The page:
PayZapp will leverage the bank's core IT infrastructure, which adheres to stringent guidelines, policies, audits and compliance, as prescribed by the RBI and the best practices followed by HDFC Bank, he says. The platform's built-in security, coupled with HDFC's robust security track record, will prove a compelling argument to prospective users, Rao believes.
A security thought leader at a leading government entity in the financial space, endorses the view that a system that leverages a bank's validated know-your-customer or KYC database, will eliminate many of the issues plaguing mobile payment systems today in addition to providing reliability.
"To a merchant leveraging a mobile payment platform provided directly by a bank, authentication is implied in principle, as is accountability and security, as compared to an open-ended platform" he says.
As the bank has direct control over the payments platform, checks and balances are in place, and application security is taken care of, he says. He is bullish on the idea overall. However, given that it is early days for such platforms, the security challenges are yet to be fully articulated, he cautions. "We will have to wait and watch how the platform and usage matures," he says.
Sources at HDFC say that while most of the bank's apps are not developed in-house, the bank employs a stringent audit and testing mechanism for its apps, which are custom built by third-parties. Each iteration of an app is sent to the information security team for testing before release. The CISO's team then employs independent AppSec companies to conduct audits of these apps before the go-ahead for release is given by management.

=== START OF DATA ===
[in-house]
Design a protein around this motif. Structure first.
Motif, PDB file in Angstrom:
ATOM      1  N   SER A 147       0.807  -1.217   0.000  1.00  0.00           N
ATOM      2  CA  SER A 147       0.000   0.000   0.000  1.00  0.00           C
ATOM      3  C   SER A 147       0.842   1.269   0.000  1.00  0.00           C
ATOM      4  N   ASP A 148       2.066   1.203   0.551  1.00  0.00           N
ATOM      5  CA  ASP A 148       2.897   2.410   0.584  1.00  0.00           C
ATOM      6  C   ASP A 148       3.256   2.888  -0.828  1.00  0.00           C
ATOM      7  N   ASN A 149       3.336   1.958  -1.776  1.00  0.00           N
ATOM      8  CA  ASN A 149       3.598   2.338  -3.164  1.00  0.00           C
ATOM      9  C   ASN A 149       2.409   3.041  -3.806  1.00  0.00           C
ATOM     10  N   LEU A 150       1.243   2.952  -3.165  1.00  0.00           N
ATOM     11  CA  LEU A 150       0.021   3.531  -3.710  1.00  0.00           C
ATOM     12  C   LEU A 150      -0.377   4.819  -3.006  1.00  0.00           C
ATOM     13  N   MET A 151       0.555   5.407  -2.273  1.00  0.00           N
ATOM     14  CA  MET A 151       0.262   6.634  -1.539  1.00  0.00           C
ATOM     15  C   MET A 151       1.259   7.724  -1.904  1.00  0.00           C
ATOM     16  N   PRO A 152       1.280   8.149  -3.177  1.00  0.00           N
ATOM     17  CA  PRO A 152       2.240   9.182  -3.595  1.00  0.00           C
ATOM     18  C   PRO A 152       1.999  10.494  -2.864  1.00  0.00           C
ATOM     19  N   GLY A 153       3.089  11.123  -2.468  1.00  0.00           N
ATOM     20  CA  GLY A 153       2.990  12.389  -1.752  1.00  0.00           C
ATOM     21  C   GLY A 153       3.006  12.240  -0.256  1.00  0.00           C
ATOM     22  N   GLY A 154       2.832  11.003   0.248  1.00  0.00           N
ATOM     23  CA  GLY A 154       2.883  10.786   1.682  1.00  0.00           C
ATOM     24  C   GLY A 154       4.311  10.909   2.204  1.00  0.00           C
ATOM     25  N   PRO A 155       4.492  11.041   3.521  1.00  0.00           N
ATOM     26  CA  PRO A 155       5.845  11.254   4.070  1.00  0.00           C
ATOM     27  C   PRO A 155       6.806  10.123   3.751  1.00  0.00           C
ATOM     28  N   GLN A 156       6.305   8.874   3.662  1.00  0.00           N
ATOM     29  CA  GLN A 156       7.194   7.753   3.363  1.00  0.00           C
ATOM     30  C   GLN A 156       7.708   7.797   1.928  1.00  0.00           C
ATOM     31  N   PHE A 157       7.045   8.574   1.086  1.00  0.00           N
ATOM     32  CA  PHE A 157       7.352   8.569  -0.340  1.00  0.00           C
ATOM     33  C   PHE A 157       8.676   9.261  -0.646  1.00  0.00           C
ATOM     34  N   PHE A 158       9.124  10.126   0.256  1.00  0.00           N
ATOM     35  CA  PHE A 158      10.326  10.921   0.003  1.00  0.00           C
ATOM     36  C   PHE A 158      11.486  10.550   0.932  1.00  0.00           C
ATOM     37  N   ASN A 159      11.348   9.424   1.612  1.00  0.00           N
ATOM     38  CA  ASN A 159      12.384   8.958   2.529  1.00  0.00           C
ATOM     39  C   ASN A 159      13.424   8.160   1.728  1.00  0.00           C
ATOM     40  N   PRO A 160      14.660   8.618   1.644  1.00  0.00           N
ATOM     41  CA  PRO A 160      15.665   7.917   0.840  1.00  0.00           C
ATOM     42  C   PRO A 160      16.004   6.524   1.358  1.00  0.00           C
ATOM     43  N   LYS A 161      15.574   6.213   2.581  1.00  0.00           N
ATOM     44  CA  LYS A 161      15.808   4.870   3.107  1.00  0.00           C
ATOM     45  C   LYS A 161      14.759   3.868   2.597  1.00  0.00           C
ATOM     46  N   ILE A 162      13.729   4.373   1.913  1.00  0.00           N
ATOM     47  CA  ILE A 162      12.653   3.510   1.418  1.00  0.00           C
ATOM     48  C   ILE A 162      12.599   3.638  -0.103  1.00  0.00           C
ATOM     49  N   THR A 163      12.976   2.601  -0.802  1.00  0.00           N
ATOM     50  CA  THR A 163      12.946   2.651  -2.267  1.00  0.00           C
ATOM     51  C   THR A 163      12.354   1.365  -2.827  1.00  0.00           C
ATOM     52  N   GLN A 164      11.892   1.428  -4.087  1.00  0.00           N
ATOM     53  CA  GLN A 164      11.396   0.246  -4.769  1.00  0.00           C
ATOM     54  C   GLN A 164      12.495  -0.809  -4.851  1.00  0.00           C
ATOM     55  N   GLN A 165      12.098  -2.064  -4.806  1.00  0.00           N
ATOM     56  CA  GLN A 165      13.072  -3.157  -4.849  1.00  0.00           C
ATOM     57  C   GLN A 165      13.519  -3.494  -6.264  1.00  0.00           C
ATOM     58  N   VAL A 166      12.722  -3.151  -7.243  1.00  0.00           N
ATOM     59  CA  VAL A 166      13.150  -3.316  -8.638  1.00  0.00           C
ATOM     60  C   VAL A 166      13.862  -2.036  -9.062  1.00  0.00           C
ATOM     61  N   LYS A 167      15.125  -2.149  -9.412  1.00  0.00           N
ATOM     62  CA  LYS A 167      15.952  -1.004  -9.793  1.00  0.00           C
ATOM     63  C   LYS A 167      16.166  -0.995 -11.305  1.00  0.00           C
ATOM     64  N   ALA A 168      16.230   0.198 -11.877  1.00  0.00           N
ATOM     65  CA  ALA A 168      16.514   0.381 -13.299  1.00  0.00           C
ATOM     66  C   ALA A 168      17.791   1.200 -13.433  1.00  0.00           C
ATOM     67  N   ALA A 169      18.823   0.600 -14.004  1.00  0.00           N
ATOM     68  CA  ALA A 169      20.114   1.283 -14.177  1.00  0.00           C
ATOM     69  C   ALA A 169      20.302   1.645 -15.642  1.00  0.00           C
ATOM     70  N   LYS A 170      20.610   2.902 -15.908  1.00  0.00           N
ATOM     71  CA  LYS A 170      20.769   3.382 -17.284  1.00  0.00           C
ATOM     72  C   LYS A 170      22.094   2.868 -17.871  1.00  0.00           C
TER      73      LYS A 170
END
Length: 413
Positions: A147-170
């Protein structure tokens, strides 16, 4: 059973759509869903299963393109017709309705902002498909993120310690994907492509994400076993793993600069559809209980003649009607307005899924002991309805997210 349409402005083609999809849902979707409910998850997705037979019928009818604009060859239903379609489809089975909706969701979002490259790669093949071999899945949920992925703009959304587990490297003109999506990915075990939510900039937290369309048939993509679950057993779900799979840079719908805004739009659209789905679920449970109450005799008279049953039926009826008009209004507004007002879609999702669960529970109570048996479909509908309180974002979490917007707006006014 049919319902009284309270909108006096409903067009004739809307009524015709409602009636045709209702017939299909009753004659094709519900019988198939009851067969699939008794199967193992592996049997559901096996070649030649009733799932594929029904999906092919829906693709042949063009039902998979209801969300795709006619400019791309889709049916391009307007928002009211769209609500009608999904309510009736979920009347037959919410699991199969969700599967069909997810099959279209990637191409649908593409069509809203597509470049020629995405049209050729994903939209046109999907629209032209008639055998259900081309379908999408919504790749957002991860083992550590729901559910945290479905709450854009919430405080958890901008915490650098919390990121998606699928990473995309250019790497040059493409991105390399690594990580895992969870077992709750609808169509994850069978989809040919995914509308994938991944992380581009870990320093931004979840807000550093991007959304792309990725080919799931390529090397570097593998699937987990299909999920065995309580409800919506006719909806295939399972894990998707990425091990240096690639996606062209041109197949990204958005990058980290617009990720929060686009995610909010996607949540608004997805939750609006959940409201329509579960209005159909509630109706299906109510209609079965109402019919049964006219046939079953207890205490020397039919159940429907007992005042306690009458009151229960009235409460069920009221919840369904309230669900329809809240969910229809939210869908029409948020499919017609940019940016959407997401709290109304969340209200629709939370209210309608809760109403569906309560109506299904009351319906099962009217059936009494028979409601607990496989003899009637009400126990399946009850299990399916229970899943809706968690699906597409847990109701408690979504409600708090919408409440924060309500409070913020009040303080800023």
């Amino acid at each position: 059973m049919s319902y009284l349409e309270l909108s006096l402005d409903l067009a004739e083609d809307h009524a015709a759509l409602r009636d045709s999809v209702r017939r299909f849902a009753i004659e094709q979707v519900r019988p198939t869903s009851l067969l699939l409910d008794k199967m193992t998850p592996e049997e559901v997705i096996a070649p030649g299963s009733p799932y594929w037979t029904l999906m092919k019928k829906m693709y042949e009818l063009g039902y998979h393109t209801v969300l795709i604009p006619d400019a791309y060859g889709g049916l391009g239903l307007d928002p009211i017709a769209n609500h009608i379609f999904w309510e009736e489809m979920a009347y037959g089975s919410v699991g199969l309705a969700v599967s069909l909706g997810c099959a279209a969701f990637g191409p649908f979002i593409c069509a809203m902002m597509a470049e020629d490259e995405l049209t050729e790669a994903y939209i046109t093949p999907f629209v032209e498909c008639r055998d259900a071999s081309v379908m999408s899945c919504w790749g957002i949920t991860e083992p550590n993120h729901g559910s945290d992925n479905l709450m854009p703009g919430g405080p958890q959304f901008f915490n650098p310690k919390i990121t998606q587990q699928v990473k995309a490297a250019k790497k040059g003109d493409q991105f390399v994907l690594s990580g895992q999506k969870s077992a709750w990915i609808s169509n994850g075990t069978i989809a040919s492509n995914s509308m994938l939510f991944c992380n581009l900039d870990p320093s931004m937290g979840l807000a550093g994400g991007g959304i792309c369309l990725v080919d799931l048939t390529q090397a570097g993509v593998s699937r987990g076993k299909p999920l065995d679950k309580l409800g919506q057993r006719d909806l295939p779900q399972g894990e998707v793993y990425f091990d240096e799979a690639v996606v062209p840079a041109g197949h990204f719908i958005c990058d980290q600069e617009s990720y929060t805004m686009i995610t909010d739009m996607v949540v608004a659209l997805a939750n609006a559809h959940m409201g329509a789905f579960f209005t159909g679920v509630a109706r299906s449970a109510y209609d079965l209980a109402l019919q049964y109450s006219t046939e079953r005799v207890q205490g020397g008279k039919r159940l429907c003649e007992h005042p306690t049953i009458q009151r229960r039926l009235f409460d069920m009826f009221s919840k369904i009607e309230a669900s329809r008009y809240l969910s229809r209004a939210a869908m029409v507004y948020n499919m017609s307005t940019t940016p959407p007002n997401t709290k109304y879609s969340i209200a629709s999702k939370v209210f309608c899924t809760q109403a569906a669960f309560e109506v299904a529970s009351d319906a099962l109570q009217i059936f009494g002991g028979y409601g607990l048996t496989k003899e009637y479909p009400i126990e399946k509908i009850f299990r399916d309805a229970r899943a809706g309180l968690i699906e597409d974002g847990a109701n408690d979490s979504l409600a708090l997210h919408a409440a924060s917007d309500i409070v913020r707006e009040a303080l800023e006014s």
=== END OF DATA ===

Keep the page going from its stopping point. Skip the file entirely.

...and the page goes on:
Sameer Ratolikar, CISO at HDFC bank says that PayZapp has gone through the bank's noted Information Security Framework - a body of policies HDFC bank has developed in-house, drawn from global best practices and standards. "The risks have been mitigated to a reasonable level," he says.
The CISO's team scrutinizes each app release to ensure it fulfils the bank's existing compliance and standards, the source says, and a sign-off from InfoSec is essential. The team is not directly involved in the development, although it provides close support and guidance. Even though there are no RBI guidelines for mobile payments - given no bank at present provides such services - the platform adheres to exiting guidelines and security standards for protecting customer information and infrastructure, Rao says.
Rao says that in its initial phase, the app will be pushed to HDFC's 30 million customers in India. He expects a lot of integrations and features to be announced going forward. There are plans to roll this out to non-HDFC users as well, however no timeline has been shared. PayZapp v1.1 is only available for device-based transactions at present and has only been released for the Android platform. An iOS version is expected shortly, Rao informs. HDFC also operates an account-to-account transfer platform called 'Chillar'.